You are here


Can You Last a Week
Without Screen Time?


Share

Subjects

Arts & Humanities
--Language Arts
--Literature
--Visual Arts
Mathematics
--Measurement
--Statistics
Physical Education
--Games
--Exercise/Movement
Health
--Family Life
--Mental Health
Science
--Physical Science
Social Studies
--Current Events

Grades

Grades 2-up

News Content

A new report says the average American spends 151 hours a month in front of a screen.

Anticipation Guide

Ask students to think about how much time they spend at home in front of a screen (television, computer, video game, or cell phone) each week. How much time would that represent in the course of a month (multiply by 4 weeks for an approximation)? Ask: Has the amount of time you spend in front of a screen at home increased in the past year? Why or why not?

Then ask: What if those screens all went dark for a week? What if you had no access to a TV, computer, video games, or cell phones for an entire week? How would you feel? What would you do to fill the time that you would have spent in front of a screen?

News Words

Next, introduce these words that appear in the News Word Box on the students printable page: awareness, organizers, average, percent, increase, and convince. Discuss the meanings of any of those words that might be unfamiliar. Then ask students to use one of those words to complete each of these sentences:

  • Do you think you can _____ your father to let you go to the movies on Friday night? (convince)
  • The Nature Conservancy is working hard to raise _____ about the dangers that some species face in the wild. (awareness)
  • Pablo and Vanessa were chosen to be the _____ of our classs carnival booth. (organizers)
  • The _____ teenager needs about 9 hours of sleep a night. (average)
  • Citizens debated the proposed tax _____ into the wee hours of the morning. (increase)
  • About 80 _____ of students at Bricktown Middle School passed the state test. (percent)

Read the News

Click for a printable version of this weeks news story Can You Last a Week Without Screen Time?


Reading the News

You might use a variety of approaches to reading the news:

Read aloud the news story to students as they follow along.

Students might first read the news story to themselves; then you might call on individual students to read sections of the news aloud for the class.

Photocopy the news story onto a transparency and project it onto a screen. (Or use your classroom computer's projector to project the story.) Read the story aloud as a class, or ask students to take turns reading it.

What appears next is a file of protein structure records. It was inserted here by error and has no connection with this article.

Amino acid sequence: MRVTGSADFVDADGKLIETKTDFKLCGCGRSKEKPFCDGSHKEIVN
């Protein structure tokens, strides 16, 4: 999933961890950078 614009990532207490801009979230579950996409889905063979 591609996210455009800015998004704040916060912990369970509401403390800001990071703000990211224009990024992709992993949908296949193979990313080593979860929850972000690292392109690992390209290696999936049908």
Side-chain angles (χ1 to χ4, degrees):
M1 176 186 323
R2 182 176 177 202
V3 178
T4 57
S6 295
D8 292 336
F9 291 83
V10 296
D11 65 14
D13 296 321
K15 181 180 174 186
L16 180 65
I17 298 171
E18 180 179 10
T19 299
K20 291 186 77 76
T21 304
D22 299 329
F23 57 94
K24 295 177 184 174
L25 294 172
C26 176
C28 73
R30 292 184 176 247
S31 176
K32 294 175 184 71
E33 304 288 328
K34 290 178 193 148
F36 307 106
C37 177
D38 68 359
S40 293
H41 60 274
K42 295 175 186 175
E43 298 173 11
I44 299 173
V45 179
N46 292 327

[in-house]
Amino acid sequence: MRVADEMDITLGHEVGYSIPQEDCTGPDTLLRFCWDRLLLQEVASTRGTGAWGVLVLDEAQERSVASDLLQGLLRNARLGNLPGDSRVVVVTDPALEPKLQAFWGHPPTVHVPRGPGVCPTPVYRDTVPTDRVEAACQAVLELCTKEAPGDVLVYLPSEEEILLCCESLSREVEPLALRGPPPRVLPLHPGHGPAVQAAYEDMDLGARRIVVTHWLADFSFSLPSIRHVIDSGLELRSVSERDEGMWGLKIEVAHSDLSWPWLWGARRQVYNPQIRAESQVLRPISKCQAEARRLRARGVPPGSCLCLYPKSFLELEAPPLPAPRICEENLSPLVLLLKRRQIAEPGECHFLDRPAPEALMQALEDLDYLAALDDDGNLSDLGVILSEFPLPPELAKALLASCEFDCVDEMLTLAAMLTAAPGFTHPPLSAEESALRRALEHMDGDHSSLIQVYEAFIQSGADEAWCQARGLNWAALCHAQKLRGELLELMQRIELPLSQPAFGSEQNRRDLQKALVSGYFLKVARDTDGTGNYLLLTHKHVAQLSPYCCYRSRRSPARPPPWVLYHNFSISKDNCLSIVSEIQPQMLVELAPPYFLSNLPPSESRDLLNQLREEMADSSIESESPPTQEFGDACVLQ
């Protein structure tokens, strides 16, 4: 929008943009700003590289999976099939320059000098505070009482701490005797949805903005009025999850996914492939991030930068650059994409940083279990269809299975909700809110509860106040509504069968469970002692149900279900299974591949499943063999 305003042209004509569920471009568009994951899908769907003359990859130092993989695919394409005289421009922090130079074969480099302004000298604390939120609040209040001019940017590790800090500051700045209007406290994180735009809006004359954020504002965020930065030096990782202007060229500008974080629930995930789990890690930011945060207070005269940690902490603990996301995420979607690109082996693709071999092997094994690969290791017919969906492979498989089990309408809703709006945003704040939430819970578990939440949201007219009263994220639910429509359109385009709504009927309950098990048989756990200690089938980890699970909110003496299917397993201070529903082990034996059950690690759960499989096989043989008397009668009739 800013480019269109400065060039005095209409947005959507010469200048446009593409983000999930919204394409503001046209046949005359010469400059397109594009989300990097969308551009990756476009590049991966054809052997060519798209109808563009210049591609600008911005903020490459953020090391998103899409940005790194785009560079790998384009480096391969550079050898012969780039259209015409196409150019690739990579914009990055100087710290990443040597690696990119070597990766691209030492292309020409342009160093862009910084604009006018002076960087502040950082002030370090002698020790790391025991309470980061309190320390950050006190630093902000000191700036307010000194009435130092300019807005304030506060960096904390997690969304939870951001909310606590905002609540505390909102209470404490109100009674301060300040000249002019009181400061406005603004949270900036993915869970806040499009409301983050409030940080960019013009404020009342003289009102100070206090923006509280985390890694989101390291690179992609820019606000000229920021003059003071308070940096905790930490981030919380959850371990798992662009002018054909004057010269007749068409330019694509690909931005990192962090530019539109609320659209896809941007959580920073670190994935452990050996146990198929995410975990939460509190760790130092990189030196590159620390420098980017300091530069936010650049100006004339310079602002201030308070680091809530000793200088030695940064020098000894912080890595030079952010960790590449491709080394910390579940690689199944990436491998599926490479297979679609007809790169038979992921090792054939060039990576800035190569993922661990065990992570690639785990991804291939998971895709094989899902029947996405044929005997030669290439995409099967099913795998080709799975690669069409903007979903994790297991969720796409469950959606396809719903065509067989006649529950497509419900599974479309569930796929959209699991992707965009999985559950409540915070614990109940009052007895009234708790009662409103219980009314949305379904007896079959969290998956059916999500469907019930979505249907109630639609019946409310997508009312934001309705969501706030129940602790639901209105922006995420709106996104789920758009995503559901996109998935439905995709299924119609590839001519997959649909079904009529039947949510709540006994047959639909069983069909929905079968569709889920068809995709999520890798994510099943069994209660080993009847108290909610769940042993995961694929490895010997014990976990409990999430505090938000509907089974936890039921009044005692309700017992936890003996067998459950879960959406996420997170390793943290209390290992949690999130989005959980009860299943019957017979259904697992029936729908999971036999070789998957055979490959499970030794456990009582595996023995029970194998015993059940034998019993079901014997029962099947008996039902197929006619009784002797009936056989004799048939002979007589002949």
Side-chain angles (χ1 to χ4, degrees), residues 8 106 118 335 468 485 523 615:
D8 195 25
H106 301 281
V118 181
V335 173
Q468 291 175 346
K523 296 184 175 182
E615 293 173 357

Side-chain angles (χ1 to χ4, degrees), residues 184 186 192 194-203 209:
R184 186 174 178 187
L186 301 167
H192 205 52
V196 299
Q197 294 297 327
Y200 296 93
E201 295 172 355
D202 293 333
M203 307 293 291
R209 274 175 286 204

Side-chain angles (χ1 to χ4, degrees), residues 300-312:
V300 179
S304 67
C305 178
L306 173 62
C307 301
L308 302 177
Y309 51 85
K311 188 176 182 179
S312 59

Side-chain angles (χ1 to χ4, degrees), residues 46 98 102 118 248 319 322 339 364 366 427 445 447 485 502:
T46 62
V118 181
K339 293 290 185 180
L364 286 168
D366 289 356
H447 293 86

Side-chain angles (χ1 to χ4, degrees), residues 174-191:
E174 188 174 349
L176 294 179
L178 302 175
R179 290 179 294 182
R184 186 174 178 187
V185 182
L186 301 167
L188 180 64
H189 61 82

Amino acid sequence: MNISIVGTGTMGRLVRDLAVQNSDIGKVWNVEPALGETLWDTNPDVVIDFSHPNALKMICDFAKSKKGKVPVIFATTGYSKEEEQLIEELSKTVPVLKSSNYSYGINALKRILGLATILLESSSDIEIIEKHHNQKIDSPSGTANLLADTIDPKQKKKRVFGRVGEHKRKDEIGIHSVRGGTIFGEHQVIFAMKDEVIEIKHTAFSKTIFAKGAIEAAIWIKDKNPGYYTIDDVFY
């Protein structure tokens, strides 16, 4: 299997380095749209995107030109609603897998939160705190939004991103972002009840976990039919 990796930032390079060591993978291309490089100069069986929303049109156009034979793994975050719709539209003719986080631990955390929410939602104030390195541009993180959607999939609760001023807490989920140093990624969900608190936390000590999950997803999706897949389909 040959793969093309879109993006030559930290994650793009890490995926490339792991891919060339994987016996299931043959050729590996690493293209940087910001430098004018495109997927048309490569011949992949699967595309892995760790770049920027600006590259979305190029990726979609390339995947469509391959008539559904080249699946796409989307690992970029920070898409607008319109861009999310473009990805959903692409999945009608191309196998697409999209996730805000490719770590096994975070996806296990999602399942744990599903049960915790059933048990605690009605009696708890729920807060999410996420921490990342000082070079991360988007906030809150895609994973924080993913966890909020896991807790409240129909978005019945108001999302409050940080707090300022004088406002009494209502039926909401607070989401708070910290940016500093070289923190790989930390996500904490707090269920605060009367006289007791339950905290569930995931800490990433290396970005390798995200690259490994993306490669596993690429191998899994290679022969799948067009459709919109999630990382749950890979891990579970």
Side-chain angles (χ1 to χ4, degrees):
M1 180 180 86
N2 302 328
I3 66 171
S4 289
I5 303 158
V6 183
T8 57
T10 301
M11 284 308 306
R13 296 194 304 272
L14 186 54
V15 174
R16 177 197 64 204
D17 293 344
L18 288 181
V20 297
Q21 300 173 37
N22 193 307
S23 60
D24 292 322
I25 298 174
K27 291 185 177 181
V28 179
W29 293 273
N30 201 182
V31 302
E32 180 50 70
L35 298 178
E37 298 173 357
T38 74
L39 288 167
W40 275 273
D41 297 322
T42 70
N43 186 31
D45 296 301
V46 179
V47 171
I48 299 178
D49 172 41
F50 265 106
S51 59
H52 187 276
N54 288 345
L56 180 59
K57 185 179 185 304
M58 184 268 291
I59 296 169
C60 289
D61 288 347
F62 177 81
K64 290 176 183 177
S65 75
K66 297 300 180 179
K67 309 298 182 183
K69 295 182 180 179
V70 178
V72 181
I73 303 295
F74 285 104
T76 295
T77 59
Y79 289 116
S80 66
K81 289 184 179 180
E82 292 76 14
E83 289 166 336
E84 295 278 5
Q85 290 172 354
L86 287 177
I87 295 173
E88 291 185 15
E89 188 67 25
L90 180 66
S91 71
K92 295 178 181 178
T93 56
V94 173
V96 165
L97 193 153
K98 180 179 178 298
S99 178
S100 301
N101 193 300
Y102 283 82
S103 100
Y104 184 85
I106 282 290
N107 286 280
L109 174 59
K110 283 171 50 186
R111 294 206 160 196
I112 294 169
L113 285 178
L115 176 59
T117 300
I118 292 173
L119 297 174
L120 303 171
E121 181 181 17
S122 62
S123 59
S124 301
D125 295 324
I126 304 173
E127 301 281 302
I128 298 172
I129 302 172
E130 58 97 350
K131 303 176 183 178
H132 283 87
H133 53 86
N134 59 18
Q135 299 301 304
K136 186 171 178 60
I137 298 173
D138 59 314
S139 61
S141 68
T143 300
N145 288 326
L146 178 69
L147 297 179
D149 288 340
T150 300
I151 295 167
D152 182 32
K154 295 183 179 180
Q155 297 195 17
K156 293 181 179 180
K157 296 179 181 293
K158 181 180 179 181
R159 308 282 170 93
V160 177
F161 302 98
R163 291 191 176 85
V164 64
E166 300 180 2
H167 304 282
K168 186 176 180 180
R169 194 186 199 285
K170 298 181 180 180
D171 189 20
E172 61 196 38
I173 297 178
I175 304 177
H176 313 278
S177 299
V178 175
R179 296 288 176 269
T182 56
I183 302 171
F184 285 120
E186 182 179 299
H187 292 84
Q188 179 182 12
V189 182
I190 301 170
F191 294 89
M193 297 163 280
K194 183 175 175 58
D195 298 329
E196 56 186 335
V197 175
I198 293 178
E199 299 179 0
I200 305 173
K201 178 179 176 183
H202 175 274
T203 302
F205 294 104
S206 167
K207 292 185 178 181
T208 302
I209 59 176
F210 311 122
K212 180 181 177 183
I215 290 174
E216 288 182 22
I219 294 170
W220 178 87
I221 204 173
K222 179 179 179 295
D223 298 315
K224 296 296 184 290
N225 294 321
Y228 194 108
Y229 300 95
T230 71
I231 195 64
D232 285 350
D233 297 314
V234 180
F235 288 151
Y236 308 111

Arrange students into small groups. Each student in the group will read a paragraph of the story. As that student reads, others might underline important information or write notes in the margin of the story. After each student finishes reading, others in the group might say something -- a comment, a question, a clarification -- about the text.

More Facts to Share

You might share these additional facts with students after they have read this weeks news story.

  • Americans are watching more TV online, on their cell phones, and on television, according to the Nielsen Company's latest report. The report, which covers the last three months of 2008, shows that the average American television viewer is watching more TV than ever before. The amount of TV watching (151 hours a month) is up 6 hours from the same period the previous year. The time documented in this survey does not include screen time at work or school.
    • More people than ever before are using digital recorders, DVR, and TiVo devices that allow them to watch one program as they record another to watch at a later time; Nielsen refers to this as timeshifted TV. Viewership online and on cell phones is increasing too; some people might spend 3 or 4 hours a month watching TV in this way.
    • Some people say that interest in following the presidential election might have played a role in increased TV watching in the last quarter of 2008. And the bad economy might mean more people are spending more time at home, where they are likely to spend more time in front of a screen.
    • Why celebrate Turnoff Week? According to organizers, excessive use of screens for recreational purposes leads to a more sedentary and solitary lifestyle that is both mentally and physically unhealthy. We are raising the most overweight generation of youngsters in American history, says former U.S. Surgeon General Dr. David Satcher. Turnoff Week is about saving lives.
    • Turnoff Week organizers say that turning off the screen for a week will give students time to think, read, create, and do other things they never have time to do. It will give people an opportunity to feel good about themselves as they spend more time doing things that are physically and mentally active.
    • Turnoff Week is supported by national organizations including the American Medical Association, American Academy of Pediatrics, National Education Association, and President's Council on Physical Fitness and Sports.
    • For more information or to learn about the Turnoff Week Organizers Kit, see Screen Time Turnoff Week.
    • For a list of special Barnes & Noble sponsored events scheduled during this months Turnoff Week, see Turnoff Week Special Events.

    Comprehension Check